Weddings take a lot of stuff. Just ask my dining room. With three days to go, boxes and bags of wedding gear have taken over the place where we have candlelit dinner every night …room we don’t really use anyway.
And the thing is, we didn’t budget for any of this stuff. I mean, there were generic line items in our budget for things like “decor” and “attire,” but I never put much thought into the specifics of what we’d need to buy up in the weeks leading to the wedding. I just wrote $500 next to decor. It seemed like enough.
Spoiler alert: It was not enough. Here are some of the things that we’ve recently shelled out for to complete our wedding day:
So…I’m getting married this weekend! To say we’ve been busy is an understatement. There have been lots of little details and decisions happening the past few weeks, and I’ll embellish on all of it in time. For now, here’s the final countdown.
I thought planning a wedding would be the best time of my life. The celebration, the details, the crafting: I live for this stuff. And yet, I’ve spent the later part of our engagement resenting our wedding.
First of all, let me say this: I don’t feel anything but joy for our marriage. I love Rooster, and committing to spending every day with him is the most natural and exuberant thing in the world to me. But when it comes to The Wedding, I’ve been feeling a bit lost. When we were first engaged 17 months ago, I anticipated spending a modest amount on a very practical party. For me, it would be all about the marriage. But somewhere along the way, I got caught up in weddings. I spent most of the time battling between what I could do and what I wanted to do, and I’ll admit that I lost sight of our practical goals. Or maybe I just recognized that the pomp meant more to me than I’d imagined in the first place.
Our small wedding turned into a big drain on our time, our thoughts, and our wallets. And if I’m being totally honest, I began to resent it. I’ve heard newlywed brides say that after their own hectic days were done and behind them, they wished they’d just eloped, and I certainly expected to feel the same way. I never expected, however, to feel that way before the wedding was even here.
After our first looks, it was time for the ceremony. Except for the heat and a stifling humidity, the weather was beautiful. Fluffy white clouds in a mostly blue sky defied the predictions of torrential rain and strong winds.
Mr. U and I opted for a Jewish-ish ceremony. I say “ish” because it wasn’t entirely traditional. We didn’t have a chuppah—mostly because my DIY attempt at making one was the most epic of failures. Instead, we made do with the venue’s gazebo. We did, however, provide custom yarmulkes for the gentlemen to wear. Mr. U even designed a cute logo for the inside.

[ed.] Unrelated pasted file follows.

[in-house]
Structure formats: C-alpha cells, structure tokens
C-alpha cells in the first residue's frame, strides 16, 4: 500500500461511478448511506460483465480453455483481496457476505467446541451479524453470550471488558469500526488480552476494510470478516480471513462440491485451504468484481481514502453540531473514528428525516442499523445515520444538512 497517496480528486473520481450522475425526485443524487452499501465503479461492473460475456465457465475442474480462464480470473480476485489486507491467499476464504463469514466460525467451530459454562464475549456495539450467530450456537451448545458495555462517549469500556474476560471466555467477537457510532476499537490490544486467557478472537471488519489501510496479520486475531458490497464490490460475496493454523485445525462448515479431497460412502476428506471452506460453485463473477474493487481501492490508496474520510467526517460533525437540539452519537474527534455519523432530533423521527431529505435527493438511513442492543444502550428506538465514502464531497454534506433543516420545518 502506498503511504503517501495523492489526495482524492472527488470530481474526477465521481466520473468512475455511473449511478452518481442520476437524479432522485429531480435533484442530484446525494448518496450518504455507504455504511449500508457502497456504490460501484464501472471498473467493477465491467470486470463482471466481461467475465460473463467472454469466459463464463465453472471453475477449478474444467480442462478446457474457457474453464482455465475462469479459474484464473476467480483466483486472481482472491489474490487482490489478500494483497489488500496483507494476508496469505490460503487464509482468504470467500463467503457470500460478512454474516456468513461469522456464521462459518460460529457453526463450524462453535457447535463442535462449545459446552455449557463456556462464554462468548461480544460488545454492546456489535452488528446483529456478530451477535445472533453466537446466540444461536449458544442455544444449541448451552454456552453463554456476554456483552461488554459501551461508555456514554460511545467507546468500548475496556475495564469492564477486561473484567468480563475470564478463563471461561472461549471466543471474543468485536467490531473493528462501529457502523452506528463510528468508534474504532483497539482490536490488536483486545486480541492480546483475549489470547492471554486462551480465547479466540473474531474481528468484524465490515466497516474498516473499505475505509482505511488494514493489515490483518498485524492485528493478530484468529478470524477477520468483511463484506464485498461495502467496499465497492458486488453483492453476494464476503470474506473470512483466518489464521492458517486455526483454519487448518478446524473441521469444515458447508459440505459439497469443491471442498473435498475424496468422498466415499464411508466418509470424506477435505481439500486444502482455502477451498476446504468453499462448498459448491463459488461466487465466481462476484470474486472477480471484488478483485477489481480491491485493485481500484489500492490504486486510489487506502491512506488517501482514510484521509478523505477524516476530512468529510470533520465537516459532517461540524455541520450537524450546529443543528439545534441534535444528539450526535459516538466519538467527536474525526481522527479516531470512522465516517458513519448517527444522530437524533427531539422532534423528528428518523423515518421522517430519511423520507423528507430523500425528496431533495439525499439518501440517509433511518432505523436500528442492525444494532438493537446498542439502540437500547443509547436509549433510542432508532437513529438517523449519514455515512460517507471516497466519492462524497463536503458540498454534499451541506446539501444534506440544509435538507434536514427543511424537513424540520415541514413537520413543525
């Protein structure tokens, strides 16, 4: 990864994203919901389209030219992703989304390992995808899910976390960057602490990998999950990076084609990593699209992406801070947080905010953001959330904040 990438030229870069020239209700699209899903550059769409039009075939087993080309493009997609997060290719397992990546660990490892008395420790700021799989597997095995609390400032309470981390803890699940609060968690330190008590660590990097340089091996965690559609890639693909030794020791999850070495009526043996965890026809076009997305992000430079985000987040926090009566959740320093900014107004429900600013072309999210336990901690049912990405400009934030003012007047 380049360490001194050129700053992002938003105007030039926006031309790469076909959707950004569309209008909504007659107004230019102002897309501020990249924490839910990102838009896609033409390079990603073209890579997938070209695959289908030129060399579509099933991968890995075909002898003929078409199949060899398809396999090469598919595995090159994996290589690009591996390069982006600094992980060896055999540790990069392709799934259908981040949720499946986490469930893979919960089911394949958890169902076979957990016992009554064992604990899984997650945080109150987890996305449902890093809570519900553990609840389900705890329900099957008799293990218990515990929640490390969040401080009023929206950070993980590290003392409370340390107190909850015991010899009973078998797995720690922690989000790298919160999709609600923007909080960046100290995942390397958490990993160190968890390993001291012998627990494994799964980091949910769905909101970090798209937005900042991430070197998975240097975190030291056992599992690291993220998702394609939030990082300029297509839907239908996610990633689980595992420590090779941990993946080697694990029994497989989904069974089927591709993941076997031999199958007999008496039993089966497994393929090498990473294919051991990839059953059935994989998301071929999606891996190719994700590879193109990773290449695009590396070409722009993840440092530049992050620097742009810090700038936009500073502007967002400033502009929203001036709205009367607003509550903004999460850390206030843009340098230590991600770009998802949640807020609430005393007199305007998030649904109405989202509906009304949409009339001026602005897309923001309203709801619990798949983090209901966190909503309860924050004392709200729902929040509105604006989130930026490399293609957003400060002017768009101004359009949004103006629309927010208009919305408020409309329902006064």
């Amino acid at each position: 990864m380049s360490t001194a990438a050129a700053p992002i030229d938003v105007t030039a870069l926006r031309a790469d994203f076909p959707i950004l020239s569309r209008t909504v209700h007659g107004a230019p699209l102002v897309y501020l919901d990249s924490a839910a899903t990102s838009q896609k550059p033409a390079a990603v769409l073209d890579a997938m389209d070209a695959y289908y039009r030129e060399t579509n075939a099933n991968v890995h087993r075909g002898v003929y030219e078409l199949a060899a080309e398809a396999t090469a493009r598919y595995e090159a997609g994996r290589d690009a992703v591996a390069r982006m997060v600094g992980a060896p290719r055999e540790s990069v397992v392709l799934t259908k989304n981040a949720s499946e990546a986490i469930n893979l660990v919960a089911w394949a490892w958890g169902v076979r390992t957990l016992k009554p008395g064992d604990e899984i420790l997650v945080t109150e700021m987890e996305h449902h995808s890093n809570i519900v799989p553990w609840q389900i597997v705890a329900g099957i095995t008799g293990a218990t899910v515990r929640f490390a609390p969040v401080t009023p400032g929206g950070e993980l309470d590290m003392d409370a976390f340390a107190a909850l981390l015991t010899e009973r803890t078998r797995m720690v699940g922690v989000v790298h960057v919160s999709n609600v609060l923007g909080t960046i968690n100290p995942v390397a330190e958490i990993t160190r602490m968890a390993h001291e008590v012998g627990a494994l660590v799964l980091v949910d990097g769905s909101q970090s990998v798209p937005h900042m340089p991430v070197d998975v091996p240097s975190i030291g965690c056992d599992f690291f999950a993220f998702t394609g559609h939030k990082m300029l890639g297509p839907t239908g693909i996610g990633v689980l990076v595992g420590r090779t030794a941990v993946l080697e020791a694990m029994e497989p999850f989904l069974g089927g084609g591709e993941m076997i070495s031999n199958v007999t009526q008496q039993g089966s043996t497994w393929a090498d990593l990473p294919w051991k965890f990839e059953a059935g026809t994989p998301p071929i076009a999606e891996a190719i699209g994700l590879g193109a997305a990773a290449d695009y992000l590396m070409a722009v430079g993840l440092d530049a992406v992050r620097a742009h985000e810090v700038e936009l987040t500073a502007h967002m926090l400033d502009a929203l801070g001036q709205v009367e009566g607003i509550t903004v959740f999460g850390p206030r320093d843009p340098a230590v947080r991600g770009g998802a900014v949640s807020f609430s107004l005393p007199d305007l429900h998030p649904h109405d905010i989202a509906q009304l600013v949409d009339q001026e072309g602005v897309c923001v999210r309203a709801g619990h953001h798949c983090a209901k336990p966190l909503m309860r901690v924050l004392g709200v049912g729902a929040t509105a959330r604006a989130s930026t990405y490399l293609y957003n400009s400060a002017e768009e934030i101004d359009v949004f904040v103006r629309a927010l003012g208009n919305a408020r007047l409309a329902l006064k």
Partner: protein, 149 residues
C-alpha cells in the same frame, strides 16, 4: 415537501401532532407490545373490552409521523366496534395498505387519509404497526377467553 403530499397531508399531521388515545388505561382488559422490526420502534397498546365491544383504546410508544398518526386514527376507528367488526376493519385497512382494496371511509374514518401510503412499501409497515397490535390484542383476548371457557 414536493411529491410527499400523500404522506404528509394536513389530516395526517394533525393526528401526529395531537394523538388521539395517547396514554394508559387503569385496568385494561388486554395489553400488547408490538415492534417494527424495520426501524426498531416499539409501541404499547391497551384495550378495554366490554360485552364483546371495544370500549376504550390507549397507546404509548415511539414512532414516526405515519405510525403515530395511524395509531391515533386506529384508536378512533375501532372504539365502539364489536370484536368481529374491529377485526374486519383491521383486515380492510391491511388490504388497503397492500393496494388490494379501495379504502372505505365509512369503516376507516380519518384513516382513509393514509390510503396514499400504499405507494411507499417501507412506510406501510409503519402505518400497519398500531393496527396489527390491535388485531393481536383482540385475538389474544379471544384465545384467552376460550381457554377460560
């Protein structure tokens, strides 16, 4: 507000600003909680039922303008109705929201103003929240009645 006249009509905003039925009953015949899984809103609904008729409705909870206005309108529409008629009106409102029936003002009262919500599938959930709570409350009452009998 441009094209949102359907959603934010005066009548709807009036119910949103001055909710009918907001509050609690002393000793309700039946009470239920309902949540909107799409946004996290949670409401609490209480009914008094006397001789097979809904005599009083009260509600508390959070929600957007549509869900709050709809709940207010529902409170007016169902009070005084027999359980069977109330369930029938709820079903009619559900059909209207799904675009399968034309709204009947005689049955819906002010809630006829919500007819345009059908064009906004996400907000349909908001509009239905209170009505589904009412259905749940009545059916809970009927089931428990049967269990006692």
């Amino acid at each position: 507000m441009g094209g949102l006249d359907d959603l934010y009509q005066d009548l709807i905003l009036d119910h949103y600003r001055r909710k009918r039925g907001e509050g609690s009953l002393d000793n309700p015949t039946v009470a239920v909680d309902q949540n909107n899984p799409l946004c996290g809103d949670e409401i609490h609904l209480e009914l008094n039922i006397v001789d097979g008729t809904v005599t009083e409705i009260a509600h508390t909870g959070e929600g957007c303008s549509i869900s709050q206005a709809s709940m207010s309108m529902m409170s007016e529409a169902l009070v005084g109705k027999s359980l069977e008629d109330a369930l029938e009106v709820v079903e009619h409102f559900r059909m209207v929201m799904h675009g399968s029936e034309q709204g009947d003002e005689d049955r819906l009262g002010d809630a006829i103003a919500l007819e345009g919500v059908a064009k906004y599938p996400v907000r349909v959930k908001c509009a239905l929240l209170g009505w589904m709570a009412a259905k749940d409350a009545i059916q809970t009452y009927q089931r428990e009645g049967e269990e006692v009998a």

The inside of our yarmulkes (aka kippahs) / Personal photo. Logo by Mr. Unicorn.
There’s apparently a fine line between “Oh that’s so interesting!” and “What the heck was she thinking?!”
Thanks to our small budget and pseudo-hispter desire to do things a little out of the norm, Roo and I have been coming up with creative solutions for our wedding. Things like serving food from a food truck and popsicles instead of cake. So I’ve been trying to think outside of the proverbial “box” when it comes to decor, too.
Already in the works for table decorations are crafty DIY projects involving dollar store candles, plastic succulents, and gold spray paint—a trio I realize sounds crazy, but I’m totally confident will look incredible. What I’m not so confident about? Kraft paper table runners.
Something I’ve learned about weddings as a bride is that they’re not about you. They’re about family. The family you’re creating by marrying your beloved. And the family and community that has supported each of you along the way.
There’s never a good time to lose someone close to you. But some times seem harder than others.
Roo’s dad passed away last December, just a few months after we were engaged and two days before our smiley engagement session (those photos will always be a little bittersweet for me). As tough as it was for us, I know their dad’s passing had to be tough on Roo’s sister, Mandy. When her dad passed away, she and her fiancé, Matt, were in that we’re-definitely-almost-engaged stage (you know how it is). They’re getting married this November. As much joy and love is surrounding them on that day, there’s going to be a huge something missing.
When it rains, it pours! My first ever bridal shower experience was double the fun thanks to a very special co-guest of honor, Roo’s sister, Mandy. We’re getting married just a few weeks before Mandy and her fiancé, so Roo’s side of the family decided to throw us a joint bridal shower over the Fourth of July weekend in his home state, the mitten of Michigan.
I think I can speak for both Mandy and I when I say that our amazing hosts did an incredible job of honoring us. Roo’s sisters Amy and Wendy, along with his Aunt Diann, coordinated a colorful brunch shower that was so full of love and laughter that I don’t think either of us will ever forget it.
Ponytails and pops of color. That’s what I was after for my wedding-day look. Inspired by Olivia Palermo‘s bridal style, I wanted hair that was laid-back and a little messy, with dramatic eyes and a bit of bright color on my lips.
So how did my trial go?
Even after years running a blog and promoting my personal brand on social media, I still feel a little strange just talking about myself. Weirder still is posting a bunch of photos of my face and asking you guys to comment on it. But it’s important to share things like a bridal beauty trial, especially for the brides looking to find advice for working with hair and makeup artists. For me, it helps to remember we’re talking about a hairstyle and makeup and not the hair and face beneath it.
So…here’s my face. The makeup on my face here was done by the lovely and talented Brielle Brenner.